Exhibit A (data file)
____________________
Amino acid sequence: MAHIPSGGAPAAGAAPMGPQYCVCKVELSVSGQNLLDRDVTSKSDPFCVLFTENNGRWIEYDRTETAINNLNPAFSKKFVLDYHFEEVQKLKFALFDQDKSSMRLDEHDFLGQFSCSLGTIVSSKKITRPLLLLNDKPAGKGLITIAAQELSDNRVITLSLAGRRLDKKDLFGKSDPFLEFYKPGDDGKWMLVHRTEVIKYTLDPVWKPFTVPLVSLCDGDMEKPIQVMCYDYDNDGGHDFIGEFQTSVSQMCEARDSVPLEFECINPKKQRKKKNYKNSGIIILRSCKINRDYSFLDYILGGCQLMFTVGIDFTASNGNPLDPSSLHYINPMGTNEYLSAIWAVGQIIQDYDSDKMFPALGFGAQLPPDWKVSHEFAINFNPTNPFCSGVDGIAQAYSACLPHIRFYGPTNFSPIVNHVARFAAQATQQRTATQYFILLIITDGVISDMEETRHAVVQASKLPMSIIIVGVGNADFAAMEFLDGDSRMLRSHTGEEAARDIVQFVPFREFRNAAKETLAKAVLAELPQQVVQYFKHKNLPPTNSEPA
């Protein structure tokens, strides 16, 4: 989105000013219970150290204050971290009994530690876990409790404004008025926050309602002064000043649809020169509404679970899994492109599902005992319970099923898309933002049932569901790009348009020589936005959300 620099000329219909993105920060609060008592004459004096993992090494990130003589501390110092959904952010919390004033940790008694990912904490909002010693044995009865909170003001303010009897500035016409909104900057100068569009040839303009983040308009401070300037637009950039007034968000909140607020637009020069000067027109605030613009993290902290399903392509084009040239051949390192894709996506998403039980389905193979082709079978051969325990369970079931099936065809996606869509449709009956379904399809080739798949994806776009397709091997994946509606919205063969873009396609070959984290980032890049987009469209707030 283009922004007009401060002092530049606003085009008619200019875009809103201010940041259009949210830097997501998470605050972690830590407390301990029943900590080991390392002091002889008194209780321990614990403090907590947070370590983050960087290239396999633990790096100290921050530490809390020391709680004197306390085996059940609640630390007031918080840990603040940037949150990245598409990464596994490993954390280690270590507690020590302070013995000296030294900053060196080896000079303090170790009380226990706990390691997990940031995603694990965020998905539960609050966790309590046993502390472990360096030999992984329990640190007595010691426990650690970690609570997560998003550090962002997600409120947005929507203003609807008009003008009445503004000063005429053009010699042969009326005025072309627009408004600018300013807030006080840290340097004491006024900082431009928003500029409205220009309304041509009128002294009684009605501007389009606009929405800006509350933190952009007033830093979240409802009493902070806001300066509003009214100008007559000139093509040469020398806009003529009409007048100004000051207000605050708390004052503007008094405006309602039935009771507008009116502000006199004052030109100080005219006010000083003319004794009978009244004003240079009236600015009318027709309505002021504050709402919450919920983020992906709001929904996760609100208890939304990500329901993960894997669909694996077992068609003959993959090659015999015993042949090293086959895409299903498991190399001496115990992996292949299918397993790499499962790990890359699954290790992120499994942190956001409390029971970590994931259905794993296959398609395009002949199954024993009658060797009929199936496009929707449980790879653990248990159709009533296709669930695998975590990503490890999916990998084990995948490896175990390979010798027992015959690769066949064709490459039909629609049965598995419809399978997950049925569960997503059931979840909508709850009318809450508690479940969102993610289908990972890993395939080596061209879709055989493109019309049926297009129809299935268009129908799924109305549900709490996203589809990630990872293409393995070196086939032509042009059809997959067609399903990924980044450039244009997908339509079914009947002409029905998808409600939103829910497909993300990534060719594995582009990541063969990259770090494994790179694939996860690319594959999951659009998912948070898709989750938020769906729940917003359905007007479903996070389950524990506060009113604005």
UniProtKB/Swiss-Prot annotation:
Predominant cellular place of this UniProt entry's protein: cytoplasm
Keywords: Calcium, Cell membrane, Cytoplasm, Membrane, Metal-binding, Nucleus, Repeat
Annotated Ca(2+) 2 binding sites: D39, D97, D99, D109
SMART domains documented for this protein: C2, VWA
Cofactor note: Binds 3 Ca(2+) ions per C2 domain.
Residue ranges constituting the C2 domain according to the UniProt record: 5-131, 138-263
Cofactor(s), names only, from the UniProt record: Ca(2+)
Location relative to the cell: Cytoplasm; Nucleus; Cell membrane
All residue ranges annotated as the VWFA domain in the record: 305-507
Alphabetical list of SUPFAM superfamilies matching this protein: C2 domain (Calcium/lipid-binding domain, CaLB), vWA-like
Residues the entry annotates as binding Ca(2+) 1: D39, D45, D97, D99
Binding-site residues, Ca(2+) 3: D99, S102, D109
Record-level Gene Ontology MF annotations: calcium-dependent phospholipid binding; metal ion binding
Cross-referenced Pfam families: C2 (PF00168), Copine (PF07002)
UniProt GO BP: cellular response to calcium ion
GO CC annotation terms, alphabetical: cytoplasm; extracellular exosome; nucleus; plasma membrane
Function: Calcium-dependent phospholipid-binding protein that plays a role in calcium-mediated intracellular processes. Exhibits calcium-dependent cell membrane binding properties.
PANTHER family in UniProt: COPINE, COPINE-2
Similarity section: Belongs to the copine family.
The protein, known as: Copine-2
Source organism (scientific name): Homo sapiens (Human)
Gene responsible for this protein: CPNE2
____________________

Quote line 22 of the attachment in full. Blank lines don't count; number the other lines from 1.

Similarity section: Belongs to the copine family.